As a follow up to my introductory blog on Securing the Internet of Everything, I would like to discuss further the security implications that will comprise proposed framework. As the applications of the IoT/M2M affect our daily lives, whether it is in the Industrial Control, Transportation, Smartgrid or Healthcare, it becomes imperative to ensure a secure IoT/M2M system. As the use of IP networks are employed, IoT/M2M applications have already become a target for attacks that will continue to grow in both quantity and sophistication. Both the scale and context of the IoT/M2M make it a compelling target for those who would do harm to companies, organizations, nations, and people.
The targets are abundant and cover many different industry segments. The potential impact spans from minor irritant to grave and significant damage and loss of life. The threats in this environment can be similarly categorized as those in the traditional IT environments. It’s useful to consider general platform architecture when discussing IoT security challenges. Below is the platform architecture that uses to frame IoT/M2M discussions.
While many existing security technologies and solutions can be leveraged across this architecture, perhaps especially across the Core and Data Center Cloud layers, there are unique challenges for the IoT. The nature of the endpoints and the sheer scale of aggregation in the data center require special attention.
The architecture is composed of four similar layers to those described in general network architectures. The first layer of the IoT/M2M architecture is comprised of Read More »
Tags: architecture, cloud, data center, dos, Internet of Everything, IoE, IoT, ip, M2M, mpls, network, security, Service Provider
Hello, and welcome to my blog. As a new member of the Enterprise Networking’s Solutions Marketing team, I’ll be writing about connectivity to the cloud, Software Defined Networking (SDN) and virtualized routing. You can expect to learn details around Cisco’s architecture and product offerings in these topics. Further, based on your comments, I can go into as much detail as necessary.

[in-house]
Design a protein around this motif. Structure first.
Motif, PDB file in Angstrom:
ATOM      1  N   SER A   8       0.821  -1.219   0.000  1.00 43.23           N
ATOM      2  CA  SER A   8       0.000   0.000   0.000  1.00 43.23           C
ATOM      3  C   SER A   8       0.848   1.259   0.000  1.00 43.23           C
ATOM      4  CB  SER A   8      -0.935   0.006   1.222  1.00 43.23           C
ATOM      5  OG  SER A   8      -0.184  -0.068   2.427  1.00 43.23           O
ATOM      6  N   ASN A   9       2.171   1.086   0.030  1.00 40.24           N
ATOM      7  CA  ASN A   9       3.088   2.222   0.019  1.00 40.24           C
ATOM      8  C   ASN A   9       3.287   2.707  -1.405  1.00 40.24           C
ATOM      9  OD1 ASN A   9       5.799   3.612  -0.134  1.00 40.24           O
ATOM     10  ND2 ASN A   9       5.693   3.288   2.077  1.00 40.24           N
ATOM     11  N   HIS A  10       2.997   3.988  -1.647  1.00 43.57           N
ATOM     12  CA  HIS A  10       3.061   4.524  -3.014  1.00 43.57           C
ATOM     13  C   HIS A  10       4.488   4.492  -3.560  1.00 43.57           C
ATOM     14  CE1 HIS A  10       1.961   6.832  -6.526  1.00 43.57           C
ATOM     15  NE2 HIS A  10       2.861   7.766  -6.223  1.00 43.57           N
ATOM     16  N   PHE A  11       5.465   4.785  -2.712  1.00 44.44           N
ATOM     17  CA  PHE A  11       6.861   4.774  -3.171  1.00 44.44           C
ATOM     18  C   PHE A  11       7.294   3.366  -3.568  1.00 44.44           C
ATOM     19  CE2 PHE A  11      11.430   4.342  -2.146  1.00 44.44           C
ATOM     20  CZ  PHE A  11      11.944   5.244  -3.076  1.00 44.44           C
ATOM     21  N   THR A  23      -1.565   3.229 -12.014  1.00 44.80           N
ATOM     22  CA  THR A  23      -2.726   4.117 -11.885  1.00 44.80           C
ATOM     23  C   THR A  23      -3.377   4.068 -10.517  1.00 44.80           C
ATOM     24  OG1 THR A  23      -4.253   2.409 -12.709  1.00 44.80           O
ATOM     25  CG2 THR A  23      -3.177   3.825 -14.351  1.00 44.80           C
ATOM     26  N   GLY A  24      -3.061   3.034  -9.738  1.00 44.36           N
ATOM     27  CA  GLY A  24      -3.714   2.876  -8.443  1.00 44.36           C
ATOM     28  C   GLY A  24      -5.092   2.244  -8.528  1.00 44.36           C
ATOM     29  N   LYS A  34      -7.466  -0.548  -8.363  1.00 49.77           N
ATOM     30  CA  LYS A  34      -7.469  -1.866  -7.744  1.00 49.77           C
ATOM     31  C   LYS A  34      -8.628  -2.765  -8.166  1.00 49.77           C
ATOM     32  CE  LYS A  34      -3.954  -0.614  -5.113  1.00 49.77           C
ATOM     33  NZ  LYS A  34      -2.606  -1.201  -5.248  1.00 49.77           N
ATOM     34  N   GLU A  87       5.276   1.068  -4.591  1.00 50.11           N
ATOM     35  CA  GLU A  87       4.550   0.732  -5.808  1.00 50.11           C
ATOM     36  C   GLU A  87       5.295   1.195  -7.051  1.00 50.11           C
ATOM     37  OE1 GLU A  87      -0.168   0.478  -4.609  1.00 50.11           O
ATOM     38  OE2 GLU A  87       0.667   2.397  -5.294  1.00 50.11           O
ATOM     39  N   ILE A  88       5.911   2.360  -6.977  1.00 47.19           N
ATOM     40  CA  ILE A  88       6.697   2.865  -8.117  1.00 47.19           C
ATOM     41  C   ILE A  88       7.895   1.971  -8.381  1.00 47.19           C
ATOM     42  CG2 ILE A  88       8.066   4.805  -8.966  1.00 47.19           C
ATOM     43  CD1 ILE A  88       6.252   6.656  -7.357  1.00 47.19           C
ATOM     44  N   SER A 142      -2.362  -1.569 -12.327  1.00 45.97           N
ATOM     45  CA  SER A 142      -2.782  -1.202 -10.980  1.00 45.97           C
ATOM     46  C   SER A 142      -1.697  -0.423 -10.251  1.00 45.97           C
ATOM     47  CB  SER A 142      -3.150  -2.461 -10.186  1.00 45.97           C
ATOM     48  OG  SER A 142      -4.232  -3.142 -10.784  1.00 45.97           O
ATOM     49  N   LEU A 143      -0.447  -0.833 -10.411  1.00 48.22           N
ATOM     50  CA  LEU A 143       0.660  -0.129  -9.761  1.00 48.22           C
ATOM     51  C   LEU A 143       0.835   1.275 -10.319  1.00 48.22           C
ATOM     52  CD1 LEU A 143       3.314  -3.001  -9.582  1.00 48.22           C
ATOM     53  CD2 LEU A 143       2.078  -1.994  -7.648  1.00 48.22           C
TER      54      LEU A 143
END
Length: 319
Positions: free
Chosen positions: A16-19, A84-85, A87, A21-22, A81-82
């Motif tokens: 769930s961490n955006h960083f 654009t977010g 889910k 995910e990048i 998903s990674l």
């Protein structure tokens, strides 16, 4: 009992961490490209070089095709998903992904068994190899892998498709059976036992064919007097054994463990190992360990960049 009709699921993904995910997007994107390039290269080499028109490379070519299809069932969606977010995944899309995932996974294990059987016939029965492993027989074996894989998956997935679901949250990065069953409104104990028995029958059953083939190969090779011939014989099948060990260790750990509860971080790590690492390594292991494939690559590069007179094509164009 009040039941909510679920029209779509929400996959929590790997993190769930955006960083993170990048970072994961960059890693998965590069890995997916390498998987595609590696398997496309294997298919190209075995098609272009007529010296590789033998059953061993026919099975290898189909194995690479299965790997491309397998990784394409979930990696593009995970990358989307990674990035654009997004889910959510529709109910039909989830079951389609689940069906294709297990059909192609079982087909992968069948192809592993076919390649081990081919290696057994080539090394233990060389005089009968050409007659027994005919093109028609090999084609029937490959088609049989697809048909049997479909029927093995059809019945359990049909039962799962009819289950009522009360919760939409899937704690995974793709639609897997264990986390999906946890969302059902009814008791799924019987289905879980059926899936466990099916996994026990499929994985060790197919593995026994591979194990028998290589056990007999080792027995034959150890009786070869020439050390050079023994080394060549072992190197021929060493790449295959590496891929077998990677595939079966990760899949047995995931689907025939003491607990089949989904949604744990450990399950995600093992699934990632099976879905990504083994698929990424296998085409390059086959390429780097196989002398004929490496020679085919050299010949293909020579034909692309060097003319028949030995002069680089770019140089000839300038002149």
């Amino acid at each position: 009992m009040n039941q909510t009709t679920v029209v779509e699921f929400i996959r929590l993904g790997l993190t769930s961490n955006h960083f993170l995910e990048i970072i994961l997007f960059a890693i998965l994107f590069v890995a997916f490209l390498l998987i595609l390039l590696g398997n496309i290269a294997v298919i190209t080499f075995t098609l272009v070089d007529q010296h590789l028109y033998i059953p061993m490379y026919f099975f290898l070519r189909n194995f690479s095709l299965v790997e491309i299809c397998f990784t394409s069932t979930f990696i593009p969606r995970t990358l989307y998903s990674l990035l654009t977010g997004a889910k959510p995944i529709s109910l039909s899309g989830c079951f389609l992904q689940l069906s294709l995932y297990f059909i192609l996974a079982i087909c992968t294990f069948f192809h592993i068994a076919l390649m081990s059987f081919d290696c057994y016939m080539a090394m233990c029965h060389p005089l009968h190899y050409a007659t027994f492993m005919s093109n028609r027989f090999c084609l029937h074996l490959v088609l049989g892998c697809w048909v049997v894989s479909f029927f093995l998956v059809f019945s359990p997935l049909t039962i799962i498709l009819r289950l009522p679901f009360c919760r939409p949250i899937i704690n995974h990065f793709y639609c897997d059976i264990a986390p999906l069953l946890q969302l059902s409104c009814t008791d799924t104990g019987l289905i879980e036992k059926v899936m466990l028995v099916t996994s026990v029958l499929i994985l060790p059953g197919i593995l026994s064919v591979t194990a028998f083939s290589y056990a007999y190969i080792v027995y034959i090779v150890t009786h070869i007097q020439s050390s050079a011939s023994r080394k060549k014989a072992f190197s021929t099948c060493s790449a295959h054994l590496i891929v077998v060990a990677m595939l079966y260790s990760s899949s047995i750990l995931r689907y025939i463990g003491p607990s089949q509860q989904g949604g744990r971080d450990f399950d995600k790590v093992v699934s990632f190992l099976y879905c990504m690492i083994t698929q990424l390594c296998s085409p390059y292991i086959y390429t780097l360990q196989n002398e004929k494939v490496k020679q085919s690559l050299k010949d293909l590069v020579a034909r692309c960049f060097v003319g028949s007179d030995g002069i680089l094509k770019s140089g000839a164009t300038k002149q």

First, a brief background. I moved to the Bay Area last November from Boston after almost 20 years in New England (in Boston), so I will be musing about culture shocks between the two coasts. I may also learn to like the Warriors and Niners, but I will always be a Celtics and Patriots fan. Read More »
Tags: Application Visibility and Control, AVC, cloudrouter, CSR, CSR 1000V, LISP, mpls, MPLS CE Router, virtualized routing, vpn
Segment routing (SR) is a concept that’s been working its way through the IETF standards process but is finally becoming ready for real world deployment. It’s a network technology that provides enhanced packet forwarding behavior while minimizing the need for maintaining awareness of mass volumes of network state. SR satisfies essential requirements for application-enabled routing in software defined networks, including the ability to provide strict network performance guarantees, efficient use of network resources and very high scalability for application-based transactions. Segment Routing relies on a small number of extensions to IS-IS and OSPF and can operate with an MPLS or an IPv6 data plane and integrates with the rich multi-service capabilities of MPLS such as L3VPN, VPWS, VPLS, E-VPN, etc.
With Read More »
Tags: Cisco, Clarence Filsfils, IPv6, mpls, ONE, onePK, SDN, segment routing, Service Provider
SDN has become a popular topic – so much so that this year’s MPLS/Carrier Ethernet/IPv6 World Congress in Paris added an SDN Summit component. It’s an area of high interest for Cisco as we develop our Open Network Environment, a portfolio of Cisco technologies and open standards which brings programmatic control and application awareness to the network, combining the benefits of hardware and software across physical and virtual domains. Read More »
Tags: Cariden, cisco quantum, David Ward, mpls, network function virtualization, NFV, SDN, World Congress
Based on the online dialog on Easy Virtual Network (EVN) that I’ve seen, it appears that some people still have questions. We thought our story was as simple to understand as EVN is to use, but there is a need for clarification. Here’s a bit more information about what EVN is and what it isn’t.
One online comment was, “It’s a Cisco proprietary version of MPLS for the enterprise.” No, we believe in MPLS. It’s supported on a number of Cisco platforms and is used by many of our customers. MPLS is the most scalable and perhaps the most capable means of network virtualization. But it’s also overkill and far too complicated for many enterprises.
Read More »
Tags: Cisco VRF-Lite, easy virtual network, evn, mpls, Multiprotocol Label Switching, virtualization, VPN routing/forwarding, VRF